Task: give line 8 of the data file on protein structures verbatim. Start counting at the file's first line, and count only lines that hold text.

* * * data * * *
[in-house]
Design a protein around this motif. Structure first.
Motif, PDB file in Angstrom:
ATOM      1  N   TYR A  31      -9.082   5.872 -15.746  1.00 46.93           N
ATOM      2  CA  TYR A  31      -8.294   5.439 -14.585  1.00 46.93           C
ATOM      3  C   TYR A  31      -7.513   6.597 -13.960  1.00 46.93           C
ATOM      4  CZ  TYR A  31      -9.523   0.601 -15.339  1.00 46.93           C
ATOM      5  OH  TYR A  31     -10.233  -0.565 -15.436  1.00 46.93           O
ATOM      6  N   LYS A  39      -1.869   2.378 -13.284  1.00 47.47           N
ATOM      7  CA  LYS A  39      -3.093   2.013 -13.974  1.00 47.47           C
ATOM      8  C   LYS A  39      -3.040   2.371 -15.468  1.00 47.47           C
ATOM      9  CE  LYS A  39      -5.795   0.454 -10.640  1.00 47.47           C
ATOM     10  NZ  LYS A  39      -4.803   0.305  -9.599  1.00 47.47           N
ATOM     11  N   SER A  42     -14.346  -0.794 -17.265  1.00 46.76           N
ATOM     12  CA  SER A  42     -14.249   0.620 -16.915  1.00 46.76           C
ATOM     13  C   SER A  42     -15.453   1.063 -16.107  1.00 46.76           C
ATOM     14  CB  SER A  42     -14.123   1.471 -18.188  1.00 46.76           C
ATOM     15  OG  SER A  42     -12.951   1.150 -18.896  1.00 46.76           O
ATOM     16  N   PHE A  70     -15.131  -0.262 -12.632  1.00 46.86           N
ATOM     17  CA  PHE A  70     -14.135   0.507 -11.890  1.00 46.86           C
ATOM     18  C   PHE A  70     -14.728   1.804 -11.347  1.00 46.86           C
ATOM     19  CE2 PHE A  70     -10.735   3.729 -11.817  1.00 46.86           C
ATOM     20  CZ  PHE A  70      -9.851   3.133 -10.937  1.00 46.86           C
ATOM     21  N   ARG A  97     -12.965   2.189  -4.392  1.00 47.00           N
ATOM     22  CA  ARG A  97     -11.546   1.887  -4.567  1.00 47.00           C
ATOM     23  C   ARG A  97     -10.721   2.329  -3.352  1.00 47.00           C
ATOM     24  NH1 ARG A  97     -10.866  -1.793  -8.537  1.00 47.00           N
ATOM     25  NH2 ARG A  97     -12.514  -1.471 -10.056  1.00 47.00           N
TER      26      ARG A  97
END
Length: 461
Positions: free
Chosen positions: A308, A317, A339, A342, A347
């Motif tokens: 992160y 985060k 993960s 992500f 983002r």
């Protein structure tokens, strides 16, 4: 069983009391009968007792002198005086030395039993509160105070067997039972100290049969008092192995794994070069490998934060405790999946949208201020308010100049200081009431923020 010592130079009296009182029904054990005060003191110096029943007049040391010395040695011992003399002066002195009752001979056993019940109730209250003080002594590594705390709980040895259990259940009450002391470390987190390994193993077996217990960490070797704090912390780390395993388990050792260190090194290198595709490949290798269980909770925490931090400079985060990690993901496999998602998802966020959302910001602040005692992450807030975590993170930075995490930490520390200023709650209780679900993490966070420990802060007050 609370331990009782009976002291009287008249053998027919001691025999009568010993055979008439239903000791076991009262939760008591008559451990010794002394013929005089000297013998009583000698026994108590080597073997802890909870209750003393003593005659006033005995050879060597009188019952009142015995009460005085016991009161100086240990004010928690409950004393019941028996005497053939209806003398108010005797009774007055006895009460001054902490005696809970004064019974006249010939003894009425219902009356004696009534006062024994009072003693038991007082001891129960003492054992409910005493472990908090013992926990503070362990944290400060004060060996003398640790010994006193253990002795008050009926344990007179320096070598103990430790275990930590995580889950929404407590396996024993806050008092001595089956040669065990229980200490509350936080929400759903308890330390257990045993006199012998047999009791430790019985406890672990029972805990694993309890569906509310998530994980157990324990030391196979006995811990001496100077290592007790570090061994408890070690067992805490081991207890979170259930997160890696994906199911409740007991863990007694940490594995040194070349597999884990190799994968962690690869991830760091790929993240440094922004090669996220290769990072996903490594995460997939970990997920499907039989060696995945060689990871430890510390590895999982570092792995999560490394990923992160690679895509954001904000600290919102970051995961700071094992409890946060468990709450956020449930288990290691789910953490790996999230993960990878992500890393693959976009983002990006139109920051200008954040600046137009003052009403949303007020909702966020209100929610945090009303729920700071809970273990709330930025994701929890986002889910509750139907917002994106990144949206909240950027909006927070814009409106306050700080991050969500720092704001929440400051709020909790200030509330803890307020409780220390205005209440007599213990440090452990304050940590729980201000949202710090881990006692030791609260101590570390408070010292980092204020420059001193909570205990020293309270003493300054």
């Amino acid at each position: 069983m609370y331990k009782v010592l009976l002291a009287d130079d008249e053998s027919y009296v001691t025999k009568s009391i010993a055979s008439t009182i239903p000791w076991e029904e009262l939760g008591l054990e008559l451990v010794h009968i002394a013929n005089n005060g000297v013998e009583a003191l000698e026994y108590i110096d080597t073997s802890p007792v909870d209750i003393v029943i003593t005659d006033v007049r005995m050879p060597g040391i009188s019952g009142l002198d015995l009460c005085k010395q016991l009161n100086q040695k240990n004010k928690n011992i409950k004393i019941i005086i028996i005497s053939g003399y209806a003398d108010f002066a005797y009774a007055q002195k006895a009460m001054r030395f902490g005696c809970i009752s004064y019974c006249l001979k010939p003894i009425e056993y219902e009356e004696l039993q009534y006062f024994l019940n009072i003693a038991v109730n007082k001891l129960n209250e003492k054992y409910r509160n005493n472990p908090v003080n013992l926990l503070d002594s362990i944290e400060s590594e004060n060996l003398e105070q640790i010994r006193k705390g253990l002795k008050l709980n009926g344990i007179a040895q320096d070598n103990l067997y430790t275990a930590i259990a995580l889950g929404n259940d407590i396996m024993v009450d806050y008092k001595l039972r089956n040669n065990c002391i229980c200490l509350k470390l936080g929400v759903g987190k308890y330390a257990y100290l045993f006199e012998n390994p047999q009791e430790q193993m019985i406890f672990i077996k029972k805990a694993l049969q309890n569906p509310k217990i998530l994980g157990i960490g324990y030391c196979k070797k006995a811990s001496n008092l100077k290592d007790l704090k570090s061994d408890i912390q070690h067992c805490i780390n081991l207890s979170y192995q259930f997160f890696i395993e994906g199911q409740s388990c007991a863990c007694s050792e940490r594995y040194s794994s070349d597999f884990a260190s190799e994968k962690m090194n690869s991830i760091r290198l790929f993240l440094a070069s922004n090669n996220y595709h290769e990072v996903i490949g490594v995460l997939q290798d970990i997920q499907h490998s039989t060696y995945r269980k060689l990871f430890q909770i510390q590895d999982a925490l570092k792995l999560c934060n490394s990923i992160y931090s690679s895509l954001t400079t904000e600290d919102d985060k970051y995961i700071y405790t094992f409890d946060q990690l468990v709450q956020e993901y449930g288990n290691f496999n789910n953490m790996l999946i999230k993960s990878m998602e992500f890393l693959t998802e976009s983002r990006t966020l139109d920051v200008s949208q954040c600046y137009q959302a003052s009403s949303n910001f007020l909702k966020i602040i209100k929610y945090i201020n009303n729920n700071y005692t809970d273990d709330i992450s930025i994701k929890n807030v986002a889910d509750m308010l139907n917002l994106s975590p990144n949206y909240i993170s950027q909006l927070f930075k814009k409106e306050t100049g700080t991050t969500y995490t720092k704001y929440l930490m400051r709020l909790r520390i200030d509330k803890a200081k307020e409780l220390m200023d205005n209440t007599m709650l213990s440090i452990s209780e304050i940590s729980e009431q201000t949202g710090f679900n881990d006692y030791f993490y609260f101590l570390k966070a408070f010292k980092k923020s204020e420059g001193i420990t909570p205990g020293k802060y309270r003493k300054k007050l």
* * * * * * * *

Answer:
ATOM      5  OH  TYR A  31     -10.233  -0.565 -15.436  1.00 46.93           O